Young, restless, unrelenting
By Catherine E. Toth
Advertiser Staff Writer
Jimmy Chan was 10 years old when he discovered his entrepreneurial spirit.
Gregory Yamamoto The Honolulu Advertiser
Maury Agcaoili, foreground, operates the packaging machine for Hawaiian Chip Co. Cooking the chips in the background is Lars Tanaka.
Gregory Yamamoto The Honolulu Advertiser
But when his parents found out about his auction news travels fast in Hilo they ordered him to give back the money.
"I remember being so upset, because I didn't really see what was wrong what that," Chan said, laughing. "To me, I was honest. I let them bid. That was my first emotional roller-coaster in business."
Today, Chan, 29, owns Hawaiian Chip Co., which specializes in gourmet sweet-potato and taro chips that are sold at specialty retailers, including Hilo Hattie and Neiman Marcus. Sales have improved 30 percent over last year. Whole Foods Market, the world's largest retailer of natural and organic foods, may stock their shelves with Chan's chips as early as next month.
"It just started out as a little project. Then it got out of hand," said Chan, who started cooking sweet-potato chips in his Mo'ili'ili apartment before he started the business six years ago at age 23. "But I realized I was having a lot of fun. Now that I've got a lot more experience and more confidence in what I'm doing, I'm enjoying it."
Chan is one of hundreds of young, budding entrepreneurs in Hawai'i, all driven by the dream of being their own bosses and doing their own thing. No one telling them what to do, no one stifling their creativity.
They're starting lifestyle-inspired clothing lines and making glass-bead jewelry. They're designing cutting-edge Web sites and running public relations firms.
They're defying the slacker stereotype of their generation, armed with a whatever-happens attitude and more business savvy than most people think.
Annie Lin, Kristy Oshita, Eric Lau and Aaron Lovelace all business students at the University of Hawai'i-Manoa decided they wanted to run their own company.
At first they tried organizing speed-dating events for college students. But that didn't work. Then they tried operating an Internet-based communications service. That didn't work, either.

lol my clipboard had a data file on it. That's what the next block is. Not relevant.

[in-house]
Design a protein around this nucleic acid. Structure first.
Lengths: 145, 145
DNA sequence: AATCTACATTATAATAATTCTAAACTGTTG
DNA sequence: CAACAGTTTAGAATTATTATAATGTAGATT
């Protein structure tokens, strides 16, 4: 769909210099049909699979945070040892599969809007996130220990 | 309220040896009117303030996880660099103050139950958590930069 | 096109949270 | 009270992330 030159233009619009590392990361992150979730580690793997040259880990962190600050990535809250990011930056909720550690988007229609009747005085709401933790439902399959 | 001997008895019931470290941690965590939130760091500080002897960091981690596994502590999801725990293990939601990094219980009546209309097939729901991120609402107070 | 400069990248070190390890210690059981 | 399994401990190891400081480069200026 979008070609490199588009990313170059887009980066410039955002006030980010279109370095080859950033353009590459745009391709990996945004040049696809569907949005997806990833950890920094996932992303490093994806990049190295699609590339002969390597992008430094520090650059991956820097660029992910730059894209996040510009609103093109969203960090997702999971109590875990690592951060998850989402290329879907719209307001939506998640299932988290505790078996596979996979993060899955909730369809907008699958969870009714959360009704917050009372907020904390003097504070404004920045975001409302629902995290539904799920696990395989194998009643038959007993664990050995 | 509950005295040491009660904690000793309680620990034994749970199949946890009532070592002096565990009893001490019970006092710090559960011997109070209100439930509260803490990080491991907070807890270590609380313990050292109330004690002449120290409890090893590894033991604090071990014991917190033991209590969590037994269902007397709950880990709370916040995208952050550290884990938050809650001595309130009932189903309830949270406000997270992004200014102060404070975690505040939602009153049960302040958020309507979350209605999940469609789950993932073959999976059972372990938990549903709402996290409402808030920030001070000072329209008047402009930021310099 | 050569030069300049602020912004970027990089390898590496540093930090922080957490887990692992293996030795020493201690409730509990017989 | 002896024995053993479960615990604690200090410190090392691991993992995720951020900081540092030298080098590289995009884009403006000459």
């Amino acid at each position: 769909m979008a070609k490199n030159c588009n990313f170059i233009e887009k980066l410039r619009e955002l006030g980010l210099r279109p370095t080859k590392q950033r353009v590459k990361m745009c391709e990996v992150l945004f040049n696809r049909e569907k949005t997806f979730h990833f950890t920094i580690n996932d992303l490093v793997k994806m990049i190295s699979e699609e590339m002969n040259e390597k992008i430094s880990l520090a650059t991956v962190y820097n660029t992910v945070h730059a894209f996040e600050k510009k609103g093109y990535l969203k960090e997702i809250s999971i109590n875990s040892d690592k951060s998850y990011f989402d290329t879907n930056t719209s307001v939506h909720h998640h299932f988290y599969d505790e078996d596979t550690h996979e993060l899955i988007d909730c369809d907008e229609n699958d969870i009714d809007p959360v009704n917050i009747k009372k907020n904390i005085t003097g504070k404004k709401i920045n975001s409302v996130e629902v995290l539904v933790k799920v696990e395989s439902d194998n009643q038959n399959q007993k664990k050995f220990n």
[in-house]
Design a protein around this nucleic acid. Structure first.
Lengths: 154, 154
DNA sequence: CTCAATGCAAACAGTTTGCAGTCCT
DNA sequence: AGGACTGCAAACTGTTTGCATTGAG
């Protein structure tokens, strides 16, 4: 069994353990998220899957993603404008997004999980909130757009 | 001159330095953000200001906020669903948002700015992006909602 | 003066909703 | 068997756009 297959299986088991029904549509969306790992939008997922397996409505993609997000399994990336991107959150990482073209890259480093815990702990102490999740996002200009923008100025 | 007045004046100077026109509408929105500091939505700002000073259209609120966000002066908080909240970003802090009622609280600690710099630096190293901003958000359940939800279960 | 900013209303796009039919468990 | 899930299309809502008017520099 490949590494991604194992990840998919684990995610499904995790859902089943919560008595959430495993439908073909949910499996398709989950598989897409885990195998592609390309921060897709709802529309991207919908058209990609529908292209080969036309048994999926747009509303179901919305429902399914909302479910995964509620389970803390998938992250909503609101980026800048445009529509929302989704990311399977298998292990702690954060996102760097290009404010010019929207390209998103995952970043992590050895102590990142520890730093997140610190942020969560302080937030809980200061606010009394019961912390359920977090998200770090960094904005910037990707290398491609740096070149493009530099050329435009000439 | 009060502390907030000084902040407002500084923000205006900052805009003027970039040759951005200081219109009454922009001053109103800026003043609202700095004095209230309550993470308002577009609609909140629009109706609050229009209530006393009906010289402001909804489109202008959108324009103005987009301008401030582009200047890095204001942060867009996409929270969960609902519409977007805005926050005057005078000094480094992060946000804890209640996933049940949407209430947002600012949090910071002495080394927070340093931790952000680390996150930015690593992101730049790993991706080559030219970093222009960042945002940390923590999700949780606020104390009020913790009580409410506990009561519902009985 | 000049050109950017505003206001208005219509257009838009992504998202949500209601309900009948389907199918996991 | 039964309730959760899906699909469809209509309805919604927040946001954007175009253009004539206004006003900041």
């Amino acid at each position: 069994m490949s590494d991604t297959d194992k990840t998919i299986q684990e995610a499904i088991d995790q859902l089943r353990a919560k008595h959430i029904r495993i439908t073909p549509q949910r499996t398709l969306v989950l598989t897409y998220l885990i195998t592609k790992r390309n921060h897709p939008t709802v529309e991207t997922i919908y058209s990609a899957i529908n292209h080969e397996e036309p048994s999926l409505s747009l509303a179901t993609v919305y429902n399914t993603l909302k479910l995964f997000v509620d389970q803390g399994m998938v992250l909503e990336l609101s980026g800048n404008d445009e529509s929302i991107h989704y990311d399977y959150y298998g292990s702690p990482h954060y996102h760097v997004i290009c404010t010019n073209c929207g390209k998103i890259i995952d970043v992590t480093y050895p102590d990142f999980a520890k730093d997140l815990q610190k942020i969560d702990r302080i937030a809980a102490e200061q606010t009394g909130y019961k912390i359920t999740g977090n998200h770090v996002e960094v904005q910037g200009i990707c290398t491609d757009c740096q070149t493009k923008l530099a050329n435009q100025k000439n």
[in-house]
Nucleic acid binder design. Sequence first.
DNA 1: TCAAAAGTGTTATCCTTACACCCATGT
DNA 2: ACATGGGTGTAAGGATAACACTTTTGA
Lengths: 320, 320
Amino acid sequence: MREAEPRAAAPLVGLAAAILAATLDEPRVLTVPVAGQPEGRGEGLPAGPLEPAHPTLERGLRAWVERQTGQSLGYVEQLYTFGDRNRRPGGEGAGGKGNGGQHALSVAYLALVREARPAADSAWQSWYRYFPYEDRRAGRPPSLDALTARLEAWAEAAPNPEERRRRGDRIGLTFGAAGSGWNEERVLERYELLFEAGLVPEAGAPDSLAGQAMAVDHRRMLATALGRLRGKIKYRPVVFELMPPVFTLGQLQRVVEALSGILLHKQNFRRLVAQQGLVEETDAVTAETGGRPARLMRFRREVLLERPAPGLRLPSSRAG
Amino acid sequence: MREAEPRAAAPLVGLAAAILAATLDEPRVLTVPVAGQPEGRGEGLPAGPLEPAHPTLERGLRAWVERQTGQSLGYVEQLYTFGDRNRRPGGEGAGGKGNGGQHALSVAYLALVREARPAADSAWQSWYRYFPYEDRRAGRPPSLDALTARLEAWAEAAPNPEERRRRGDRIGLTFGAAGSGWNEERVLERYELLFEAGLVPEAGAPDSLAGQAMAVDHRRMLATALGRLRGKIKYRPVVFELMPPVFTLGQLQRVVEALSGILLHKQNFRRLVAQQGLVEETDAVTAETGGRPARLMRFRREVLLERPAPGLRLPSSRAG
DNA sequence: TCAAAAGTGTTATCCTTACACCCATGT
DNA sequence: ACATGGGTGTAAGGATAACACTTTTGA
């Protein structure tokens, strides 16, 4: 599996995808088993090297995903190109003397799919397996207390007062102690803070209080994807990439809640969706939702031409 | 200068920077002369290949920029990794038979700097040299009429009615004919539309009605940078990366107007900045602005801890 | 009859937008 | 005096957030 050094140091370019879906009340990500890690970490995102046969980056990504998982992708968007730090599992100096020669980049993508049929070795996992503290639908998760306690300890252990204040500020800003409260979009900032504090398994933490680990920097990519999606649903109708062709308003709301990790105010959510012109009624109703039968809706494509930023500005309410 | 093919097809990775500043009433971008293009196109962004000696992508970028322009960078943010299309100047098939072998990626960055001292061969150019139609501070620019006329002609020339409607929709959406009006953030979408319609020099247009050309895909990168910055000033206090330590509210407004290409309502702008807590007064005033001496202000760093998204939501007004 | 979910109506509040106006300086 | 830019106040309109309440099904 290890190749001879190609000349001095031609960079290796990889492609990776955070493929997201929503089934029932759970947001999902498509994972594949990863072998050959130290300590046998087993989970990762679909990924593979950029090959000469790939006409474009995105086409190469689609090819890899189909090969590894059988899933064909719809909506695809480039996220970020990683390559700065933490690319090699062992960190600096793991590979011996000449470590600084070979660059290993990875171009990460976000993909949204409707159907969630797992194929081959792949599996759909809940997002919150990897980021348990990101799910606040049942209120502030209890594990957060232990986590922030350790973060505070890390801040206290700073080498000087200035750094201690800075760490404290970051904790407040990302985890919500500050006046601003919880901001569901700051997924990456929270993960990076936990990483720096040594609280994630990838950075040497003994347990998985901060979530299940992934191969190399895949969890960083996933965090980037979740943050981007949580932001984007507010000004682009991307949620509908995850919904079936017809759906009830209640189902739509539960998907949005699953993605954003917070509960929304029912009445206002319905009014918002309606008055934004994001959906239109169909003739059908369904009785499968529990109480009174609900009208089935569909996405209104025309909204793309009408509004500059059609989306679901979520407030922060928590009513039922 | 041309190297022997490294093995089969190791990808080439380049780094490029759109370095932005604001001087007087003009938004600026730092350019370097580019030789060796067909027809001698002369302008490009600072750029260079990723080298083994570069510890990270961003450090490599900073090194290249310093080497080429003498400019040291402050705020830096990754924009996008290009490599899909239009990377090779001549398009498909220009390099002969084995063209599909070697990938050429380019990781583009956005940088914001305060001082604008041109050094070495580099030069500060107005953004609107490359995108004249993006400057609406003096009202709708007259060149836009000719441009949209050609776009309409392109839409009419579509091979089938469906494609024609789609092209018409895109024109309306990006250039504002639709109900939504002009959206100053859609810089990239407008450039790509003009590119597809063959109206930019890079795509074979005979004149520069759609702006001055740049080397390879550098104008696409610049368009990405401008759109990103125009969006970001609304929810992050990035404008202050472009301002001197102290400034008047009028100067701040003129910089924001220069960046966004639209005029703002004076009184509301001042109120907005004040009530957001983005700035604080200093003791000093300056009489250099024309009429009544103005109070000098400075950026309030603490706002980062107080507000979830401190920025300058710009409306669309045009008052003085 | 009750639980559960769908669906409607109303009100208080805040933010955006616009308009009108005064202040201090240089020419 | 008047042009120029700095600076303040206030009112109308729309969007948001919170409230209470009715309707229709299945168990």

Now they sell a discount card currently called "qpqp card" but set to change to "Play Card" to UH students. The card offers various discounts at 95 retailers, restaurants, clubs and bars on O'ahu. They've already sold about 300 cards at $5 each, with plans to sell them at three O'ahu community colleges and UH-West O'ahu. They also generate income from companies that advertise on the card, brochures and their Web site.
The group has broken even on their initial investment of $7,000 from their own pockets.
"People always have ideas, we always have ideas, and to see those ideas actually make it is pretty neat," said Oshita, 22, management major and president of the UH Entrepreneurship Club, which she revived two years ago. "I get a kick out of it."
Their next big venture is to start a blog-style Web site with restaurant reviews and rental listings for college students. Ultimately, they want to be angel investors for other young entrepreneurs and start-up businesses.
"We're long-term thinkers being entrepreneurs," Oshita said. "We take this seriously ... We didn't just do (the discount) card to see if it would work. We all aspire to be Bill Gates; at least I do."
Following a passion
Part of the attraction for young people to entrepreneurship is being able to do their own thing, make their own decisions.
Photo courtesy Jeff Kao
Neal Kido, 24, created a Web site, surfboardshack.com, where surfers can buy or sell boards. Hundreds have been sold through the site.